A Mississippi bill that would have allowed public school teachers to include pseudoscientific theories in classroom instruction died in the House Education Committee.
As reported by the National Center for Science Education, the bill, H.B. 50, claimed “to help students understand, analyze, critique and review in an objective manner the scientific strengths and scientific weaknesses of existing scientific theories covered in the course being taught.” It cited “biological evolution, the chemical origins of life and human cloning” as controversial subjects.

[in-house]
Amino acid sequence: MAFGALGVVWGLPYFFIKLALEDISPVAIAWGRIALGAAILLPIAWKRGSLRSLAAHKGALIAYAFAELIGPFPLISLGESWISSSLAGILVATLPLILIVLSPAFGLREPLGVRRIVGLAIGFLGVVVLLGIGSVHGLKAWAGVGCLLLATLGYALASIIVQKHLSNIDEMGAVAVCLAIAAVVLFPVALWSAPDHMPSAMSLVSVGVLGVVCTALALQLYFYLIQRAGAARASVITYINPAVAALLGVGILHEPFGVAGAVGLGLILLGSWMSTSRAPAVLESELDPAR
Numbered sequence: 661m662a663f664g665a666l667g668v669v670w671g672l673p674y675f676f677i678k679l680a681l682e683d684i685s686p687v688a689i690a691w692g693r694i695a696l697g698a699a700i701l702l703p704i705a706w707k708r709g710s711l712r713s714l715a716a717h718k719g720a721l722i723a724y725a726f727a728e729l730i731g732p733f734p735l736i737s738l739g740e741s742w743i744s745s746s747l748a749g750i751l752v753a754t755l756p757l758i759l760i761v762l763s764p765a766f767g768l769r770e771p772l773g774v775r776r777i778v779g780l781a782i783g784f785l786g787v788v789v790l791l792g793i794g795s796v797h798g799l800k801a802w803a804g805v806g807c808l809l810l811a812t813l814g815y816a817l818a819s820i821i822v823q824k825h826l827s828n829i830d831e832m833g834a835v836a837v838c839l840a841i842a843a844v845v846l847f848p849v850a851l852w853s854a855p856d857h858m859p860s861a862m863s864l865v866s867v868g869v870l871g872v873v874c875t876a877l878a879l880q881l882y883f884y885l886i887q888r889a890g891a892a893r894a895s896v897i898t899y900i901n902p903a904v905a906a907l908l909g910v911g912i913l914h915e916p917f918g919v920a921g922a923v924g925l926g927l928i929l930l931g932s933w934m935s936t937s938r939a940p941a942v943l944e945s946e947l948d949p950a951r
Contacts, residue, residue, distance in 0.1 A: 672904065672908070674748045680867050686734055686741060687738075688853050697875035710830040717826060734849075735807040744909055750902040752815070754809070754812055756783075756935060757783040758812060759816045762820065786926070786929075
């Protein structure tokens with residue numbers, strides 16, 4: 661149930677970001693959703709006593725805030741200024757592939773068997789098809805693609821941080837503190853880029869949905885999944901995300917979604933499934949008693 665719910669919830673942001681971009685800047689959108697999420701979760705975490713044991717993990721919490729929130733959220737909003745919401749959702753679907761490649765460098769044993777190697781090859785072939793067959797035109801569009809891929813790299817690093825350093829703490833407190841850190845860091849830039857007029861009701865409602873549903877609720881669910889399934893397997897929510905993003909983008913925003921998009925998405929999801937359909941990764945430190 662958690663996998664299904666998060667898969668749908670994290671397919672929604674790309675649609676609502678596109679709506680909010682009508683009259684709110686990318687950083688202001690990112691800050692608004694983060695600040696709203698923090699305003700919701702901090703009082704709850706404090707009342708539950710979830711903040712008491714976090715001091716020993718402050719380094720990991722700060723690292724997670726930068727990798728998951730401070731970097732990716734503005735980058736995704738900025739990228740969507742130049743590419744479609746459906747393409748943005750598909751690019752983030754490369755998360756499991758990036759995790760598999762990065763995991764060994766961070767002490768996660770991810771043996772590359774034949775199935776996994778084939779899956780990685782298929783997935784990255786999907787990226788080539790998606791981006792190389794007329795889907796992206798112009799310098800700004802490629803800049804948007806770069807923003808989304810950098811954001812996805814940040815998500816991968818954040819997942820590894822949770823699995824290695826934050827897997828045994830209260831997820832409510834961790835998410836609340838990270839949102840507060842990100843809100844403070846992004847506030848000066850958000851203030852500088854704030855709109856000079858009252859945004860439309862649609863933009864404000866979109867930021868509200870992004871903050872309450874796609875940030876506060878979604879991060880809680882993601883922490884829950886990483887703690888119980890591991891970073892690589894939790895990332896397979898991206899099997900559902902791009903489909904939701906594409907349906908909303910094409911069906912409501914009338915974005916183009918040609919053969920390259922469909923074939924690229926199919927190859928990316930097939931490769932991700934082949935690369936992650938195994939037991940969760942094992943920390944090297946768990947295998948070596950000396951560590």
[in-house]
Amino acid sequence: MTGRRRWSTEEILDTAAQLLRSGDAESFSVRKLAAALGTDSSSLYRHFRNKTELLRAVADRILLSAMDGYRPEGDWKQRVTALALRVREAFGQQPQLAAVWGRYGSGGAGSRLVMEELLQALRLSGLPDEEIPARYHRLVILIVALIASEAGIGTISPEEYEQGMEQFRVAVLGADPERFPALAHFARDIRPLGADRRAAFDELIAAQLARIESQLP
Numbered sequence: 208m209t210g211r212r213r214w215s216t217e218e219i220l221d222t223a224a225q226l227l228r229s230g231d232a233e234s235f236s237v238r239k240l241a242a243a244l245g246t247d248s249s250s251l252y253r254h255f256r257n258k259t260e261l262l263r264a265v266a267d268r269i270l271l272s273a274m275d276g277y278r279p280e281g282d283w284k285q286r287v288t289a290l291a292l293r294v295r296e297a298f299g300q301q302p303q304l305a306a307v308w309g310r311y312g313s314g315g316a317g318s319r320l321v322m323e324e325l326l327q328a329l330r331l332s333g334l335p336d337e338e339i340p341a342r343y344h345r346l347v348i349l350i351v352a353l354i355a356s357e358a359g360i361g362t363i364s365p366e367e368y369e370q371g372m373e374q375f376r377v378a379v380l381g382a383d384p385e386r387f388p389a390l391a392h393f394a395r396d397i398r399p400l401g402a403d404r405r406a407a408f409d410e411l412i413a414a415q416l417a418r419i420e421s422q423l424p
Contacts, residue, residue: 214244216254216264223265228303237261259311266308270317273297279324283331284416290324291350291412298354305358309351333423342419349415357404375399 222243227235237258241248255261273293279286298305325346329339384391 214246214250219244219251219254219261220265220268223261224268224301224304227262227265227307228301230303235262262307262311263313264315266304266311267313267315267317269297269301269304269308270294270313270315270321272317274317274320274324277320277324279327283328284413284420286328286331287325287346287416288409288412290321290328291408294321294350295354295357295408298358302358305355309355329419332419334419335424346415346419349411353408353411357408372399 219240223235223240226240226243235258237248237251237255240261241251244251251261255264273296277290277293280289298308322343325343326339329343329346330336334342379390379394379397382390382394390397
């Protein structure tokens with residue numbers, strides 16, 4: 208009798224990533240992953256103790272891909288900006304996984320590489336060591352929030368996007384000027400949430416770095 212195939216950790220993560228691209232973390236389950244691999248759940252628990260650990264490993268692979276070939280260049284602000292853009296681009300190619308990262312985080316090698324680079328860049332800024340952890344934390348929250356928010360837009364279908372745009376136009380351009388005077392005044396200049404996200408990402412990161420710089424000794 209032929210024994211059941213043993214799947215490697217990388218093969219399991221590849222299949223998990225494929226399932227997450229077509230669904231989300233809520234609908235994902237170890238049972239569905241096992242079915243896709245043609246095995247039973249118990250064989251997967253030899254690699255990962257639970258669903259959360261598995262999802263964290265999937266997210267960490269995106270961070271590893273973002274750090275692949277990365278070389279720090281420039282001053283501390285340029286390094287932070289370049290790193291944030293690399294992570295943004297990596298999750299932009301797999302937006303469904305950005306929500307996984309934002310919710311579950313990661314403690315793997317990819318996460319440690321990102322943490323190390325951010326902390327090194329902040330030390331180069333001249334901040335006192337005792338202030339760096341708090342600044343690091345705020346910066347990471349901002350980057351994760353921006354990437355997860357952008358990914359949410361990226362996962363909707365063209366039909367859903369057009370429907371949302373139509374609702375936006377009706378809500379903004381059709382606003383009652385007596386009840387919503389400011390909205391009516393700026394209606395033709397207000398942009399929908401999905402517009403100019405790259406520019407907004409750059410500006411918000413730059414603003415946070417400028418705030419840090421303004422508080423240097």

The measure’s sponsor, State Rep. Mark Formby (R-Picayune) told the Jackson Clarion-Ledger that he intended it to permit the teaching of creationism in public schools.
“I just don’t want my teachers punished in any form or fashion for bringing creationism into the debate. Lots of us believe in creationism,” Formby said. “To say that creationism as a theory is any less valuable than any other theory that nobody can scientifically prove I just think is being close-minded.”